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2008 National DNA Day Online Chatroom Transcript

This is just one question from an archive of the National DNA Day Moderated Chat held in April 2008. The NHGRI Director and many genomics experts from across NHGRI took questions from students, teachers and the general public on topics ranging from basic genomic research, to the genetic basis of disease, to ethical questions about genetic privacy.


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Should I be concerned if my grandmother had breast cancer and died from it? Should I be worried about myself?
     Barbara Biesecker, M.S.: Researching ways to make genetic counseling as effective as possible. Breast cancer is a common condition meaning that it is caused by genes and environment. It results from multiple causes. It is more likely to be inherited in families where multiple members are affected. If your grandmother developed breast cancer later in her life (not an uncommon occurrence), it does not increase your risk substantially. Your chances would be higher if you had multiple affected family members and/or if they got cancer early (before 50 years of age). If you are at all concerned, contact a genetic counselor about your risks. You can find one on the NSGC website: www.NSGC.org.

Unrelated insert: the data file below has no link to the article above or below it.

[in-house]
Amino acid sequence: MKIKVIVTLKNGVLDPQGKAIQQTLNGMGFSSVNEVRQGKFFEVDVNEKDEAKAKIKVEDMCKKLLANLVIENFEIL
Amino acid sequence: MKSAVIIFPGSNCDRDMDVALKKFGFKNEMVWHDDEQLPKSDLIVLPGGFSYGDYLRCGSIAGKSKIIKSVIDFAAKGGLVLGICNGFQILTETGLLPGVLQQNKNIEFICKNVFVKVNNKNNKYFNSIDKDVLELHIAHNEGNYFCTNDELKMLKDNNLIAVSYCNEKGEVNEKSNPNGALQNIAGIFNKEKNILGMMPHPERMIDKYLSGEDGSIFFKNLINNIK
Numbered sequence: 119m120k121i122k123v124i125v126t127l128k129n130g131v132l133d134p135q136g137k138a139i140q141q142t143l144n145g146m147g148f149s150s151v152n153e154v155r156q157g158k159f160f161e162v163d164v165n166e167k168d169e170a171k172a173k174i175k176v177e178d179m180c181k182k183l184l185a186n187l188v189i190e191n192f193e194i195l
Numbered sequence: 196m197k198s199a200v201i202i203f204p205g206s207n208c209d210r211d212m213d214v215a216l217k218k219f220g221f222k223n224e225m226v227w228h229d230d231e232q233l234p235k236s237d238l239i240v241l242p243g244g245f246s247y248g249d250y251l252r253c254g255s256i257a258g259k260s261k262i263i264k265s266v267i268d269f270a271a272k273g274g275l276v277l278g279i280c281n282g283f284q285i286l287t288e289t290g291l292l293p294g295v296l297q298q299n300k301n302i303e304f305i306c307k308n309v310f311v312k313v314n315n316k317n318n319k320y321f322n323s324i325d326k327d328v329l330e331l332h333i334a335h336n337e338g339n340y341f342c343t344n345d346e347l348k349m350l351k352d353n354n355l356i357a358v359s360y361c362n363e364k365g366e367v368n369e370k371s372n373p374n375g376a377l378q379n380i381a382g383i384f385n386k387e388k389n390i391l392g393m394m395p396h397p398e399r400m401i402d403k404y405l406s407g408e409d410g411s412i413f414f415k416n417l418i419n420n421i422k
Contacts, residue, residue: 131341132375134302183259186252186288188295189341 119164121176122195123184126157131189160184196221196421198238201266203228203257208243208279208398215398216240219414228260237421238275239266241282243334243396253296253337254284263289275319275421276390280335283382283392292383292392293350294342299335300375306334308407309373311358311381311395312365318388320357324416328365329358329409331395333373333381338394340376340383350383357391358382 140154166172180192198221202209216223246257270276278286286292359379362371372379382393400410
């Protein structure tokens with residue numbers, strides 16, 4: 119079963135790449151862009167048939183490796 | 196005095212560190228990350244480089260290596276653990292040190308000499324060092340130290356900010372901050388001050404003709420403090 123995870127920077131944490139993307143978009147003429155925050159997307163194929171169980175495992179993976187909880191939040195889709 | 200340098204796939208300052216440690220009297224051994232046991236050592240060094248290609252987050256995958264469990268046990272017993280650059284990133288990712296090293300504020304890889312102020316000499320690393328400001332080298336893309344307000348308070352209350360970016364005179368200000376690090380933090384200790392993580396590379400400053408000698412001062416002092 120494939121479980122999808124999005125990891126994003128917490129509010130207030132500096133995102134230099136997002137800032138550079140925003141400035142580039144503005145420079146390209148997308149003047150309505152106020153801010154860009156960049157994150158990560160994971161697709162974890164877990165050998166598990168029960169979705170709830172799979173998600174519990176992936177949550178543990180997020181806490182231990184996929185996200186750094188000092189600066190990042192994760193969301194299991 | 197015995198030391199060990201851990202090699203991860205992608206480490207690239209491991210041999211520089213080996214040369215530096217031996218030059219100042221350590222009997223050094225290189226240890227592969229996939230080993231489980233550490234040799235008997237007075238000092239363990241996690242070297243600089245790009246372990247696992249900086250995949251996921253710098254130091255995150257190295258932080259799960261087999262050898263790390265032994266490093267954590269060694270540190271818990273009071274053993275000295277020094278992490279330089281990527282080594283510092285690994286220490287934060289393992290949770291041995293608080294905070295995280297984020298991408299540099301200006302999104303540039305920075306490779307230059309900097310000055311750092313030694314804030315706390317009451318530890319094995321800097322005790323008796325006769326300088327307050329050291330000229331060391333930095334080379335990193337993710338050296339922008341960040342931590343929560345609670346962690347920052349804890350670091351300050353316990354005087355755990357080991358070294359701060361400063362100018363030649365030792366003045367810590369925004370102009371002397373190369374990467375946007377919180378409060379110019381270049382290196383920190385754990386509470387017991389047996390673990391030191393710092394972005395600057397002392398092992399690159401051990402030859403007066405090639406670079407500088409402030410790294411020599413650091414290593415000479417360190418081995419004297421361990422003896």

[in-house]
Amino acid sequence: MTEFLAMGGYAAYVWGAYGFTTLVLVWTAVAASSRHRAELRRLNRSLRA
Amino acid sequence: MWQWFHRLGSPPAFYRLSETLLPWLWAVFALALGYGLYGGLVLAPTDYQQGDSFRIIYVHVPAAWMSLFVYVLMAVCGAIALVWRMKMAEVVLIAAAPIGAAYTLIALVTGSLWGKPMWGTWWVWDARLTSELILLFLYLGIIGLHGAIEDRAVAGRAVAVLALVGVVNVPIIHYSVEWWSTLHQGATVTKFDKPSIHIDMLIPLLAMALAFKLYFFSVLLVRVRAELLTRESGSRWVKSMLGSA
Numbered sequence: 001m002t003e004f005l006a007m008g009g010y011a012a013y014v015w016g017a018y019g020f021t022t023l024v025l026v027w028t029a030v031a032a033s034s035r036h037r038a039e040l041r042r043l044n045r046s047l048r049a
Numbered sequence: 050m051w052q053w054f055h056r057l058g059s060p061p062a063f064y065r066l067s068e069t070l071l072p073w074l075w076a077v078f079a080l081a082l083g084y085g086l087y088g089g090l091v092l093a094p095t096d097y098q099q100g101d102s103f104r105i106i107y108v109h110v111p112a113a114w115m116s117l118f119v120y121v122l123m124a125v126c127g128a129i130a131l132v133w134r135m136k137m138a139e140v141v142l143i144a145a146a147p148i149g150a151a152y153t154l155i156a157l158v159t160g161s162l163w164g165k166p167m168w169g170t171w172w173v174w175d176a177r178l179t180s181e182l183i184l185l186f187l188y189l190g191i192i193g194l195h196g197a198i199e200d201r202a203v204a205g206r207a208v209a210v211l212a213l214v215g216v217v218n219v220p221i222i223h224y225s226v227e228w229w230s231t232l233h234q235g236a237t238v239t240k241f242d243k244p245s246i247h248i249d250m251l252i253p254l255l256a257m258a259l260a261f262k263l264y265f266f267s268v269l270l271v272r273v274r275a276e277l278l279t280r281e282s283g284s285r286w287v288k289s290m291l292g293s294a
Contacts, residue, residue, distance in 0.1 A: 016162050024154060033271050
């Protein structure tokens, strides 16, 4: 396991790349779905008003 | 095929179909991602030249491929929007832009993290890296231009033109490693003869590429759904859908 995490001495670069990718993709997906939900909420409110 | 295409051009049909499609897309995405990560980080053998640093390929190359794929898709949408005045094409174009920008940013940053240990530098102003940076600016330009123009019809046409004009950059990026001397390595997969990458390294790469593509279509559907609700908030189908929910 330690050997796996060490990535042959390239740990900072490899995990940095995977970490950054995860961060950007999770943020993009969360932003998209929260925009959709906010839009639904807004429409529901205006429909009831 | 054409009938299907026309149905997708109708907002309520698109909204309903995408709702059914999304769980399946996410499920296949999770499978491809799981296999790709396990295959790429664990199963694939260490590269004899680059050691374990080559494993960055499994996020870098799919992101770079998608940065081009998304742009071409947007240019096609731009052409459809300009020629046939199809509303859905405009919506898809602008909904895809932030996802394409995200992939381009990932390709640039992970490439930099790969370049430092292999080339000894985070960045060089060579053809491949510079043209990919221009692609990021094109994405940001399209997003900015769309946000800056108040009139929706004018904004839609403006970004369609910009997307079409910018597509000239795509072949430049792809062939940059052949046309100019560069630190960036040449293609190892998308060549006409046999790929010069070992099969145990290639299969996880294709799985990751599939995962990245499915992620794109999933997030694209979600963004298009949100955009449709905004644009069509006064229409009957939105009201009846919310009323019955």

Waterville High School in WA (12th grade student)


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